My friend Rob was recently in California on a scouting trip for filming of the Pliny The Younger release day for his show Limited Release. He was kind enough to bring me back a couple bottles of Pliny The Elder, just about as fresh as you can get them--right from the source. Named after the ancient scholar who first described hops, Pliny the Elder is probably the first true commercially available double IPA and has a cult following as one of the best beers in the USA. Needless to say I've been looking forward to trying the beer for quite some time! The green and red minimalist label extols the fact that you MUST not age this beer, but drink it fresh. I always follow orders, so I had a couple friends over to the bar last night and we did a head to head tasting of Pliny against our local DIPA superstar Surly Abrasive.
I think I've mentioned Abrasive a few times in this blog, but for those just checking in, I'll give a quick run-down. This beer was released several years ago as a limited run double IPA and called 16 Grit. I got to try that batch once on tap and thought it was quite good, but not my favorite beer in the world. Last year's batch was more widely available in cans and made with the "new" Citra hop. This version was amazing and quickly became one of my top five desert island beers. My brief review of the beer at that time even made it into an issue of Zymurgy! Initially Surly had planned on making the beer with different hops every year, but after an enormous amount of fan feedback they seemingly kept the Citra hops for this year's batch as well. I stocked up on several cans of this when it released last month. I want to drink this fresh too, though I did find one can of last year's vintage hiding in the back of my fridge about 2 months ago and it tasted surprisingly good.
So the big question is this: Does Pliny hold my personal award for best DIPA, or can a young upstart like Surly outdo the originator of this now popular style? I enlisted two good friends, Dave and Steven, who are well versed in this beer style to help me out with this challenge. We could have tried to do this tasting blind, but all of us are familiar with Abrasive and I didn't think this would add much to our tasting. I'm guessing that they were happy to take one for the team. My wife watched on in horror, commenting on the cat urine aroma wafting from our glasses. She is not a fan of IPA and hoppy beers. To start out the event we had a calibration beer, the Squatters Hop Rising DIPA, just to get us in the hoppy mood. That beer smelled and tasted oxidized and had less hop flavor and bitterness than expected for its 75 IBUs. Not a great beer, but a good place to start.
First up was Pliny The Elder in its oddly shaped bottle. Popping the cap one gets a burst of grapefruit and orange aroma that expands as you pour into the tasting glass. I chose fluted or curved glasses to help concentrate the aromas from these beers but I'm not sure it was even needed. Excellent clarity with deep gold color and a fine white head. The taste can only be described as heavenly: a complex mix of malt, citrus, and bitterness. This is one of the most well balanced double IPAs I've ever had and I can see why it has such a reputation. The dry finish makes this easy to drink and one could easily down a few and then have a tough time walking. Dangerous but extremely tasty. I give it a 5 of 5.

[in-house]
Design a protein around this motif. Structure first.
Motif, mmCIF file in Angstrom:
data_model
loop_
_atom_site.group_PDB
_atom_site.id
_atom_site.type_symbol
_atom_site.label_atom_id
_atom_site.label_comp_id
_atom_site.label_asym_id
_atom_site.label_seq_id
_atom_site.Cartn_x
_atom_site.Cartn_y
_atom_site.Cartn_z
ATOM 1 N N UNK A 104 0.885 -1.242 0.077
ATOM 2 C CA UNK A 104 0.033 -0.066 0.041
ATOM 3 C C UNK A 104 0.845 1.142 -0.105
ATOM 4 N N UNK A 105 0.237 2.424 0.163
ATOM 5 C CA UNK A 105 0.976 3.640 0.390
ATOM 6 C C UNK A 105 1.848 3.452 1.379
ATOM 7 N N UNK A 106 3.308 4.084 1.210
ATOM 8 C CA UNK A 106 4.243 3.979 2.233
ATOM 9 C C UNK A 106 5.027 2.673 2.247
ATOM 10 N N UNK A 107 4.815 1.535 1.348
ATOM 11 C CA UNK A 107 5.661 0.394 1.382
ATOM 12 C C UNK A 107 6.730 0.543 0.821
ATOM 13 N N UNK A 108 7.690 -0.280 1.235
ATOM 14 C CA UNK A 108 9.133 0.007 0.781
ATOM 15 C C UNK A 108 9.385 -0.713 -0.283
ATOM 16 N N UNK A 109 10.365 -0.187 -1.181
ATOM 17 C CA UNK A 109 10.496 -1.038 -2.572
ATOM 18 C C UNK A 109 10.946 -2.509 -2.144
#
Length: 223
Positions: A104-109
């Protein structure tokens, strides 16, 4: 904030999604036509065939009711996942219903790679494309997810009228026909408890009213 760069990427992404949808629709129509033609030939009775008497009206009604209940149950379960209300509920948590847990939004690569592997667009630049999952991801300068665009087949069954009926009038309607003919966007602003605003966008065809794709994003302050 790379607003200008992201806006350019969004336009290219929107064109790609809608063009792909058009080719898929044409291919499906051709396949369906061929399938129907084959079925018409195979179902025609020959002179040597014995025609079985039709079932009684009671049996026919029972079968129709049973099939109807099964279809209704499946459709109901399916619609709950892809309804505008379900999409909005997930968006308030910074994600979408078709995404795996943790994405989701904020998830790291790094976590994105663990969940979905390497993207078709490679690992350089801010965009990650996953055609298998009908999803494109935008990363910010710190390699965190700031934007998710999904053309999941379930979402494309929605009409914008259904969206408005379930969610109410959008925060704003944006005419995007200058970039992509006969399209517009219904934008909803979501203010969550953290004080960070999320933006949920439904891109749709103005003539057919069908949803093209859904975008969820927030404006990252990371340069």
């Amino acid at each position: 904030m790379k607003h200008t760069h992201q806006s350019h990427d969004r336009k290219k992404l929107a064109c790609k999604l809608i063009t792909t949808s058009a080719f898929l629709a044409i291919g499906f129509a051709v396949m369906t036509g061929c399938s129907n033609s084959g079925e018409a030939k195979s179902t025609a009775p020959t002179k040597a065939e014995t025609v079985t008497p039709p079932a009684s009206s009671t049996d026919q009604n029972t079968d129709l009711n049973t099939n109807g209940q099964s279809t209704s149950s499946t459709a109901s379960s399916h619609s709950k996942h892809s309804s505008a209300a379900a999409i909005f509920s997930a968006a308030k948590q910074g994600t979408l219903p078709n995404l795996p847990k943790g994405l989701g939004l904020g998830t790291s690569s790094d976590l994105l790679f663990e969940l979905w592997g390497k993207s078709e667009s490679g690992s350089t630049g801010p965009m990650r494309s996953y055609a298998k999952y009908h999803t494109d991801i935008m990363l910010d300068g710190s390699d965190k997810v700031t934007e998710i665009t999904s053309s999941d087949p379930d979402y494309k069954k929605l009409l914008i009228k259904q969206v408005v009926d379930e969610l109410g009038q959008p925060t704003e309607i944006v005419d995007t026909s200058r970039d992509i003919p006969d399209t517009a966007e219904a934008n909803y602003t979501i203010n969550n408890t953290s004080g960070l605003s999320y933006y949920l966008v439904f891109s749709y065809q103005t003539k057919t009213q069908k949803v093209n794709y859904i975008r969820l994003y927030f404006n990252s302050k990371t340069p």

Next on the agenda is Abrasive: perched at the end of the bar in its brightly decorated and shiny 16 oz can. This beer is normally served in 10 oz glasses at bars, but at home you must finish a true pint or risk wasting great beer. Or I guess you could share...but that's crazy talk! This beer pours a similar deep gold but with a hint of haze. Strong tropical fruit/mango aroma dominates, but some citrus and catty aromas are present as well. The taste is similar to the aroma, with a strong bitterness. Also ends dry, but has a hint of alcohol burn that I don't remember from last year's batch. I still give it 5 of 5, but last year's was even better.
The results? Three of three chose the Surly Abrasive as the favorite of the night. The powerful flavors and aromas in the beer slightly outshone the balanced wonders in the Pliny. I am often one who complains about the extreme beers being out of balance, but apparently I'm a sucker for more hops and less balance. Keep in mind there may be some bias here since we are all local Minnesota boys, but all of us were very excited to the the California superstar beer. You will not lose with drinking either of these beers, but both are hard to come by. Enjoy them when you can and drink them quickly before they lose their hop character. Thanks to my expert panel for their input (and for drinking my hard-won beers!)